Academy of American Poets
View Cart | Log In 
Subscribe | More Info 
Find a Poet or Poem
Advanced Search >
ABOUT THE AUTHOR
Sandra Alcosser
Sandra Alcosser
Sandra Alcosser was born in Washington, D.C., in 1944, and she grew...
More >
Want more poems?
Subscribe to our
Poem-A-Day emails.
Sponsor a Poet Page | Add to Notebook | Email to Friend | Print

Sweat

 
by Sandra Alcosser

Friday night I entered a dark corridor
rode to the upper floors with men who filled
the stainless elevator with their smell.

Did you ever make a crystal garden, pour salt
into water, keep pouring until nothing more dissolved?
A landscape will bloom in that saturation.

My daddy's body shop floats to the surface
like a submarine. Men with nibblers and tin snips
buffing skins, sanding curves under clamp lights.

I grew up curled in the window of a 300 SL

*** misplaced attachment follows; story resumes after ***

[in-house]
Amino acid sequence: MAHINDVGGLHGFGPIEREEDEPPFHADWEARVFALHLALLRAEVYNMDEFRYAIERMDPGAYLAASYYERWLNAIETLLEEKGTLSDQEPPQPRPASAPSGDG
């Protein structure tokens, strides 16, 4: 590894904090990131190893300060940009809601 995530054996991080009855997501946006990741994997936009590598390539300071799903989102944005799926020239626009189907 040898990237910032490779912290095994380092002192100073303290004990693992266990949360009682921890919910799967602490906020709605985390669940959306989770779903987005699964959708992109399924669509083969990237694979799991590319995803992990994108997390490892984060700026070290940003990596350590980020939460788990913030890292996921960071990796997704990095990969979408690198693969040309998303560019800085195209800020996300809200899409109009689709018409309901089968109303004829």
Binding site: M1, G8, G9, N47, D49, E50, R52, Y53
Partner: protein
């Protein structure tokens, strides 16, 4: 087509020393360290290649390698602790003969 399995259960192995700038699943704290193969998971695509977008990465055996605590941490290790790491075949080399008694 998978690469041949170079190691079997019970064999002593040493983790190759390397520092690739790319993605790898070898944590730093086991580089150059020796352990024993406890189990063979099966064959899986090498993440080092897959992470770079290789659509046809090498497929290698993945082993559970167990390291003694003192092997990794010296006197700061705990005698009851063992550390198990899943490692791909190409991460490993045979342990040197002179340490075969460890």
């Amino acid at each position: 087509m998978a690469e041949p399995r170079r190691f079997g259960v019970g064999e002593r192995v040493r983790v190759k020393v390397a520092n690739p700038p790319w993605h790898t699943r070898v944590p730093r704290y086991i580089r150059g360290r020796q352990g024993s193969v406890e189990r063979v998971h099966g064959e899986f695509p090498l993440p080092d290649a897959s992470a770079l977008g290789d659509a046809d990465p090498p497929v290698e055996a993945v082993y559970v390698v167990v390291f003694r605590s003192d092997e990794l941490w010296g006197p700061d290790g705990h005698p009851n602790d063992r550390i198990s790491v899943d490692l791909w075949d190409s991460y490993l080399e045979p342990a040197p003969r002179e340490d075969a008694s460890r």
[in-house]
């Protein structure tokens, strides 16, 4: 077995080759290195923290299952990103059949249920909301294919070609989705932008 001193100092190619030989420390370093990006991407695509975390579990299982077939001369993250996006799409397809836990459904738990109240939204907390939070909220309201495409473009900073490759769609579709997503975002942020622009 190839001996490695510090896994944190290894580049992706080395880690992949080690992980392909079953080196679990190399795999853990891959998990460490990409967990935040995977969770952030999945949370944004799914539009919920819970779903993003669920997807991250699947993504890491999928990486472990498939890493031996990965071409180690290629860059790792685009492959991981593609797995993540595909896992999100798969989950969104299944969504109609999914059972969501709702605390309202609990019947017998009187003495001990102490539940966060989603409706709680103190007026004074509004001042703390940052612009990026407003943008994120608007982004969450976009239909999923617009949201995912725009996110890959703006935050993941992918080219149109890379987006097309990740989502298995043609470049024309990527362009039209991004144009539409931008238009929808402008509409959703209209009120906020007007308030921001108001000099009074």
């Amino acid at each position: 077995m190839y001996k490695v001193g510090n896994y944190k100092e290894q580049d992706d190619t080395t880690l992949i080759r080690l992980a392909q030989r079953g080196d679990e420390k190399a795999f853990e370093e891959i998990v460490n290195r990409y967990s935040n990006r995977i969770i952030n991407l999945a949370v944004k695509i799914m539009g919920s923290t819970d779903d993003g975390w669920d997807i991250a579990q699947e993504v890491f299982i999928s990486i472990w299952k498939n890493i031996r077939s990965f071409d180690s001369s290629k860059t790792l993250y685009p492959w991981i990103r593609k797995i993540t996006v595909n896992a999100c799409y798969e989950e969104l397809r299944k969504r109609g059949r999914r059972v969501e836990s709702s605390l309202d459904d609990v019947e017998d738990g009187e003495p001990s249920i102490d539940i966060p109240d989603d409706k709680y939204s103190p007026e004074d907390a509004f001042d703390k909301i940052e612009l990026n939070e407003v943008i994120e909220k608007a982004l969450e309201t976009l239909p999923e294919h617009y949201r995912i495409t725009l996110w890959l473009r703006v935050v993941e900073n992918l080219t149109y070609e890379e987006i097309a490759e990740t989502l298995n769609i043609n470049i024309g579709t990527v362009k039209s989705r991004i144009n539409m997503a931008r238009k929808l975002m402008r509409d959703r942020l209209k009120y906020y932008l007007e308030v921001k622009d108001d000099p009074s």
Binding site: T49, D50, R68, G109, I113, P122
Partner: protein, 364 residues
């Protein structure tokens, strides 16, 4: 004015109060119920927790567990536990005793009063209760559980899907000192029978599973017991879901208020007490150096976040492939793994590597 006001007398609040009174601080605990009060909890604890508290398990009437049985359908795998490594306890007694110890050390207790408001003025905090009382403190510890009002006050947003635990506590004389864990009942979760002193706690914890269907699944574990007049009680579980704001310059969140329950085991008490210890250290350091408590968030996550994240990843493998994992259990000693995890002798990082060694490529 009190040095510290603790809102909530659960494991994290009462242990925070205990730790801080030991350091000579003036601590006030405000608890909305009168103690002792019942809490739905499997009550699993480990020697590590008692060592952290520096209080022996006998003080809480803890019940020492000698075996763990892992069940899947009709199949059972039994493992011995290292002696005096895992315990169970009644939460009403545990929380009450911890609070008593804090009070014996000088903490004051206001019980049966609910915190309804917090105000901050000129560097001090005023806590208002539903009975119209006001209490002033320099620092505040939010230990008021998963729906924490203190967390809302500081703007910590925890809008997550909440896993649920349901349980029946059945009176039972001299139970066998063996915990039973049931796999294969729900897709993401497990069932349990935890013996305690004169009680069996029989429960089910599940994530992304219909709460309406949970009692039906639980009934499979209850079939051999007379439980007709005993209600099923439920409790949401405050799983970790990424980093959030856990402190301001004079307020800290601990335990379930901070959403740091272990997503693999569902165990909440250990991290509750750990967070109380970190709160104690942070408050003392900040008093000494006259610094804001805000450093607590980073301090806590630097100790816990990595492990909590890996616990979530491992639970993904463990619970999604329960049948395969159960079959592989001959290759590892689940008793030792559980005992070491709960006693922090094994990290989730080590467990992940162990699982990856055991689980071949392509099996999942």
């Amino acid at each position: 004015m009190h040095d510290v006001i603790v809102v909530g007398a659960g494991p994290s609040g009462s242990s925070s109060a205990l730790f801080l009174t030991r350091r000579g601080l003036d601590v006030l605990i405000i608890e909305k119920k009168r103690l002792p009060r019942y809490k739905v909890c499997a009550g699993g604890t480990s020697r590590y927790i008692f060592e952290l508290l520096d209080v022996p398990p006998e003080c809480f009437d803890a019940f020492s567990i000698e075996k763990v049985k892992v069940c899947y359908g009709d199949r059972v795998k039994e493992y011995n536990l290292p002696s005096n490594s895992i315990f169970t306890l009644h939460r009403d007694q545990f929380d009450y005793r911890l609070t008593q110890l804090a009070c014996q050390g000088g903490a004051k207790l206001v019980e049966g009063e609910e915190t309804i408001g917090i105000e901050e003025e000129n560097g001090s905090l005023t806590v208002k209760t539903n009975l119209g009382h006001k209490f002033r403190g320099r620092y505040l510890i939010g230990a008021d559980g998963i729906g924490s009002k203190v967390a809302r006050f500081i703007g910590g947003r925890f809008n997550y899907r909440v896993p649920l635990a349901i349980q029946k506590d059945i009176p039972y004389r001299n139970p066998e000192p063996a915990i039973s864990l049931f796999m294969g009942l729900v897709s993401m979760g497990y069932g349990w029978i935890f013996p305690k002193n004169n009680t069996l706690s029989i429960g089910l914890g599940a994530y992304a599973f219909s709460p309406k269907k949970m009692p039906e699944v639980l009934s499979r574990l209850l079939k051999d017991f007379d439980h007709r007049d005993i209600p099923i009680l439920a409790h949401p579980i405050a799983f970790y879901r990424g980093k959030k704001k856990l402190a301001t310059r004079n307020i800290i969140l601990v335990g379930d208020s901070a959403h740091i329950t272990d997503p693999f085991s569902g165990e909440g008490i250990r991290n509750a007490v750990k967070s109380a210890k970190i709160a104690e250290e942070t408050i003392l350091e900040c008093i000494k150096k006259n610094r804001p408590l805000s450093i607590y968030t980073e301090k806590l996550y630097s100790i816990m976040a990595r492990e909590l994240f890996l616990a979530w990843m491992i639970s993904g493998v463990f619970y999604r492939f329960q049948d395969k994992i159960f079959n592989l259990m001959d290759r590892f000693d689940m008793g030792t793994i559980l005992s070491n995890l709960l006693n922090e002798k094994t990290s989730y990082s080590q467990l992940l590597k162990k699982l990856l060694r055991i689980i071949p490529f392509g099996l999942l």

Gullwing, while men glided on their backs
through oily rainbows below me.

They torqued lugnuts, flipped fag ends
into gravel. Our torch song
had one refrain--oh the pain of loving you.

Friday nights they'd line the shop sink, naked
to the waist, scour down with Ajax, spray water
across their necks and up into their armpits.

Babies have been conceived on sweat alone--
the buttery scent of a woman's breast,
the cumin of a man. From the briny odor

of black lunch boxes--cold cuts, pickles,
waxed paper--my girl flesh grows.
From the raunchy fume of strangers.






From Except By Nature published by Graywolf Press, 1998. Copyright © 1998 by Sandra Alcosser. All rights reserved. Used with permission.
Larger TypeLarger Type | Home | Help | Contact Us | Privacy Policy Copyright © 1997 - 2014 by Academy of American Poets.